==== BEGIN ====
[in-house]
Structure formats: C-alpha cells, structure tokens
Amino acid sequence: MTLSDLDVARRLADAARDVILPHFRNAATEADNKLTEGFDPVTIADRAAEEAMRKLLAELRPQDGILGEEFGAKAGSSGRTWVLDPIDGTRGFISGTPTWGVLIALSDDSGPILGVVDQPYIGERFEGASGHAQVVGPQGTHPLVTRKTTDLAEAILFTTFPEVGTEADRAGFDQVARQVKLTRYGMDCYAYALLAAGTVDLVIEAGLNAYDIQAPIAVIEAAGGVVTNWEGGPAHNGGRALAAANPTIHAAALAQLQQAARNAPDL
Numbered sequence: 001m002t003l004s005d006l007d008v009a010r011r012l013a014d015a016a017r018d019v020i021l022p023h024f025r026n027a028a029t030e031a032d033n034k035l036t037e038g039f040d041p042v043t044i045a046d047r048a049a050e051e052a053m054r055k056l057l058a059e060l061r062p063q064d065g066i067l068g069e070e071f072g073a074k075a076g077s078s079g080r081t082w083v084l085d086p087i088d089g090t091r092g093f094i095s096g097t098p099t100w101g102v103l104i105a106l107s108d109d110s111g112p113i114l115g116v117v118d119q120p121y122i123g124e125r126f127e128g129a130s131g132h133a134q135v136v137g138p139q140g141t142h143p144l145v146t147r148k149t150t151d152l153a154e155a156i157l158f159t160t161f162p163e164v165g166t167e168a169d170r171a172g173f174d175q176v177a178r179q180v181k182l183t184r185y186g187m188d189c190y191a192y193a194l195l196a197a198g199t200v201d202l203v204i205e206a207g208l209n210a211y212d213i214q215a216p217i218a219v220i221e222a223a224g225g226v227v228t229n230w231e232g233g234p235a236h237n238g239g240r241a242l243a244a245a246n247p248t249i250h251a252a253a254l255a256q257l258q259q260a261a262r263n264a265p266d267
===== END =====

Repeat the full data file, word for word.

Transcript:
[in-house]
Structure formats: C-alpha cells, structure tokens
Amino acid sequence: MTLSDLDVARRLADAARDVILPHFRNAATEADNKLTEGFDPVTIADRAAEEAMRKLLAELRPQDGILGEEFGAKAGSSGRTWVLDPIDGTRGFISGTPTWGVLIALSDDSGPILGVVDQPYIGERFEGASGHAQVVGPQGTHPLVTRKTTDLAEAILFTTFPEVGTEADRAGFDQVARQVKLTRYGMDCYAYALLAAGTVDLVIEAGLNAYDIQAPIAVIEAAGGVVTNWEGGPAHNGGRALAAANPTIHAAALAQLQQAARNAPDL
Numbered sequence: 001m002t003l004s005d006l007d008v009a010r011r012l013a014d015a016a017r018d019v020i021l022p023h024f025r026n027a028a029t030e031a032d033n034k035l036t037e038g039f040d041p042v043t044i045a046d047r048a049a050e051e052a053m054r055k056l057l058a059e060l061r062p063q064d065g066i067l068g069e070e071f072g073a074k075a076g077s078s079g080r081t082w083v084l085d086p087i088d089g090t091r092g093f094i095s096g097t098p099t100w101g102v103l104i105a106l107s108d109d110s111g112p113i114l115g116v117v118d119q120p121y122i123g124e125r126f127e128g129a130s131g132h133a134q135v136v137g138p139q140g141t142h143p144l145v146t147r148k149t150t151d152l153a154e155a156i157l158f159t160t161f162p163e164v165g166t167e168a169d170r171a172g173f174d175q176v177a178r179q180v181k182l183t184r185y186g187m188d189c190y191a192y193a194l195l196a197a198g199t200v201d202l203v204i205e206a207g208l209n210a211y212d213i214q215a216p217i218a219v220i221e222a223a224g225g226v227v228t229n230w231e232g233g234p235a236h237n238g239g240r241a242l243a244a245a246n247p248t249i250h251a252a253a254l255a256q257l258q259q260a261a262r263n264a265p266d267